# Continuity of a function implies its existence in the neighbourhood?

• I
Suppose ##f(x)## is continuous at ##x=c##. Does this imply that ##f(x)## exists in an open neighbourhood of ##c##?

I believe it does. If ##f(x)## is continuous then ##\lim_{x\to c}f(x)## exists. But if ##f(x)## is undefined for some values of ##x## in the ##\delta##-neighbourhood of ##c##, then we cannot say ##|f(x) - L|<\epsilon## for ##0<|x-c|<\delta##, contradicting that ##\lim_{x\to c}f(x)## exists. So there must exist a ##\delta>0## such that ##f(x)## is defined for all values of ##x## in the ##\delta##-neighbourhood.

https://en.wikipedia.org/wiki/(ε,_δ)-definition_of_limit

If so, does this mean that it is enough to just say "suppose ##f(x)## is continuous in an open subset ##U## of ##\mathbb{R}##" instead of "suppose ##f(x)## exists and is continuous in an open subset ##U## of ##\mathbb{R}##"? (which is what is stated below)

http://calculus.subwiki.org/wiki/Clairaut's_theorem_on_equality_of_mixed_partials

mfb
Mentor
But if ##f(x)## is undefined for some values of ##x## in the ##\delta##-neighbourhood of ##c##, then we cannot say ##|f(x) - L|<\epsilon## for ##0<|x-c|<\delta##
Why not?

Why not?
Suppose ##f(0.1)## is undefined. Then ##|f(0.1)-L|=|##undefined##-L|## and so it cannot be less than ##\epsilon##.

mfb
Mentor
But you never want to consider that expression in the first place, because you evaluate eps/delta only for x-values where the function is defined.

Happiness
But you never want to consider that expression in the first place, because you evaluate eps/delta only for x-values where the function is defined.
Is

##|##undefined##-L|<\epsilon##

vacuously true?

mfb
Mentor
No, the problem does not even come up. The equation has to be satisfied only for all x in the domain of the function which are closer than delta to the given point.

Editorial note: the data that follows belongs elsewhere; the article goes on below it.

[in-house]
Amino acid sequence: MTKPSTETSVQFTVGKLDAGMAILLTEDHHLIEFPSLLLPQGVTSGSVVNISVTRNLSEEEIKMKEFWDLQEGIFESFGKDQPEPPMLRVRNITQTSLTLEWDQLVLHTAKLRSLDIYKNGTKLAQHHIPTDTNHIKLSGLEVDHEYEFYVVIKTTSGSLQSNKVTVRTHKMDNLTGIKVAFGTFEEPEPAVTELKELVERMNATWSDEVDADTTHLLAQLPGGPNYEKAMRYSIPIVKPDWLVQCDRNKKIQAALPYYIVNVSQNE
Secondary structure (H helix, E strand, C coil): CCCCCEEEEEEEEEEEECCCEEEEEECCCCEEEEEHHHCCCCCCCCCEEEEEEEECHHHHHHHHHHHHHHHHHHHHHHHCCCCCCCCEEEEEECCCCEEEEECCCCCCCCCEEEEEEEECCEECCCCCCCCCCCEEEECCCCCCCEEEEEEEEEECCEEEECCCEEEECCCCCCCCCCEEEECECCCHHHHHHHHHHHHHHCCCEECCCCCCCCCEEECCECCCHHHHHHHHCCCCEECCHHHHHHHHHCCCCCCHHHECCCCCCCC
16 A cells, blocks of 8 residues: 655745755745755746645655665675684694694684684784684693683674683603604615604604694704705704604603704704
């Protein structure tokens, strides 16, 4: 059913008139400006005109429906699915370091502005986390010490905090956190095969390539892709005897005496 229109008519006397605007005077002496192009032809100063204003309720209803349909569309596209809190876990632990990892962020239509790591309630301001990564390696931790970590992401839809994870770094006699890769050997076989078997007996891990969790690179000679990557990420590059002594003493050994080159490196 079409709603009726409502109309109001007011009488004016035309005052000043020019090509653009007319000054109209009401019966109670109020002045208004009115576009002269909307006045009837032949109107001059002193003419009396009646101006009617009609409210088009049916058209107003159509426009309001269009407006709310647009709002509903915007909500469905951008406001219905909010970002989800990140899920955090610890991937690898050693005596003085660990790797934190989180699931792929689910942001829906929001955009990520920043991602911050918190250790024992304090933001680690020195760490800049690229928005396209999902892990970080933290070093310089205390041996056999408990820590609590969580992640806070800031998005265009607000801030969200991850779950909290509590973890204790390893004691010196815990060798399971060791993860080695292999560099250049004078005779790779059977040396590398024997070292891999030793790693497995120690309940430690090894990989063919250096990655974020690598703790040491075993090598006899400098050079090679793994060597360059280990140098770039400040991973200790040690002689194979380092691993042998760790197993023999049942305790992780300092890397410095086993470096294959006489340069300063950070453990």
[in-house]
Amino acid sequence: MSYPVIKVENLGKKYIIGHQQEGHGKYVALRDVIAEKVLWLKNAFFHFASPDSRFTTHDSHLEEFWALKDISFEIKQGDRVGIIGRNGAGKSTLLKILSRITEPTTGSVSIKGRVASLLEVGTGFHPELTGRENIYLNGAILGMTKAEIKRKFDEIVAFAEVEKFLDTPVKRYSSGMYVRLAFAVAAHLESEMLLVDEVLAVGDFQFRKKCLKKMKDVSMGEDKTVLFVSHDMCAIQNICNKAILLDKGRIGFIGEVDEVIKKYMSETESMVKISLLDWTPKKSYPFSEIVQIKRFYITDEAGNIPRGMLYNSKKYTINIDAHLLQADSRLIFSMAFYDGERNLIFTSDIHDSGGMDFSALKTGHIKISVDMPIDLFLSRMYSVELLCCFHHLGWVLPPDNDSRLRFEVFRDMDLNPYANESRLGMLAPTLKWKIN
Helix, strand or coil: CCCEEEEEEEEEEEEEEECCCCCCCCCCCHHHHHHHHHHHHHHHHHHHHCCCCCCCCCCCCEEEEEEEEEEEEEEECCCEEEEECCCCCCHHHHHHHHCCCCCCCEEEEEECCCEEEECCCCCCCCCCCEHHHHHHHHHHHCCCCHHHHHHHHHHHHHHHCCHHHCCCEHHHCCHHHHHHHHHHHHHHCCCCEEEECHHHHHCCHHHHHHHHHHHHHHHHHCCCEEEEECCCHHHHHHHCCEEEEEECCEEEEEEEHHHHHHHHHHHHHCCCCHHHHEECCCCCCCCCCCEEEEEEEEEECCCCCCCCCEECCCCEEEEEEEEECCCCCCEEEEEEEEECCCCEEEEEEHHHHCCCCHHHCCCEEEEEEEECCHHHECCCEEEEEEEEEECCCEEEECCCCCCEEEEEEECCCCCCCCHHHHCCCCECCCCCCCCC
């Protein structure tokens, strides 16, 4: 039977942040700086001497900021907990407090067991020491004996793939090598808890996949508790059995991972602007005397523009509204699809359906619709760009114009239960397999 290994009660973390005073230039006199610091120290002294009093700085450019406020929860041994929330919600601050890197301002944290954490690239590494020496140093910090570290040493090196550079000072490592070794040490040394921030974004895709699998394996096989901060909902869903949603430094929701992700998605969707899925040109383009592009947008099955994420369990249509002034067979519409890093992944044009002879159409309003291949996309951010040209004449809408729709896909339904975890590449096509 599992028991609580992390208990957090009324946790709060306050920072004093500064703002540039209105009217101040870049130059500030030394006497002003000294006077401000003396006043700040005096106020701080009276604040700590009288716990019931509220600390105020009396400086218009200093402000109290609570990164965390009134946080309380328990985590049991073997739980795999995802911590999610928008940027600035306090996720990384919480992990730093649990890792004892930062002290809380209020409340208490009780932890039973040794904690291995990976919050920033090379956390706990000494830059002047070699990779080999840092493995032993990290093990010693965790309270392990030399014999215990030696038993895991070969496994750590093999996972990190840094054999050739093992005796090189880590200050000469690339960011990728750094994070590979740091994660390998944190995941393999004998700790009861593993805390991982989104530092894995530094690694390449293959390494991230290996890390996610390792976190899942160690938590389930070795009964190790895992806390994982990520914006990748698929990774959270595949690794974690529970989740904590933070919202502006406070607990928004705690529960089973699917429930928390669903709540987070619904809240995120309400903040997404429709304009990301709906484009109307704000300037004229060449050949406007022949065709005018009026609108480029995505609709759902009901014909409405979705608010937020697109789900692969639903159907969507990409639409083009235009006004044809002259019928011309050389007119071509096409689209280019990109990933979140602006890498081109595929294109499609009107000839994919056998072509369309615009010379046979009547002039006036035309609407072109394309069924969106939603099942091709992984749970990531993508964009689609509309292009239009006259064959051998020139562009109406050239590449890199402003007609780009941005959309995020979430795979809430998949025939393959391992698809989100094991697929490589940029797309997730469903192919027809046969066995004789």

wrobel
every function defined on a topological space that consists of a single point is continuous.

Last edited:
PeroK
Homework Helper
Gold Member
2020 Award
Suppose ##f(0.1)## is undefined. Then ##|f(0.1)-L|=|##undefined##-L|## and so it cannot be less than ##\epsilon##.
The definition of continuity includes the condition that ##x## be in the domain of the function. If you were to take a function defined on ##\mathbb{Q}## such that ##f(x) = 1## for all rationals, then that function (defined on the rationals) is continuous. You cannot consider hypothetical function values for points not in the domain.

Another good example is that ##f(x) = 1/x## is continuous on ##\mathbb{R}-\{0\}##. This is interesting as you will find references to the "discontinuity" of ##1/x## at ##x=0##. What that means technically is that you cannot extend ##1/x## to be a continuous function on ##\mathbb{R}##. But, technically, ##1/x## is a continuous function: there is no point (in its domain) at which it is discontinuous.

Happiness
mfb
Mentor
As another example, if you consider f(x) as function over the real numbers and study the continuity at x=0, you don't even think about plugging in imaginary numbers for x. Why? Because those imaginary numbers are not part of the domain of the function.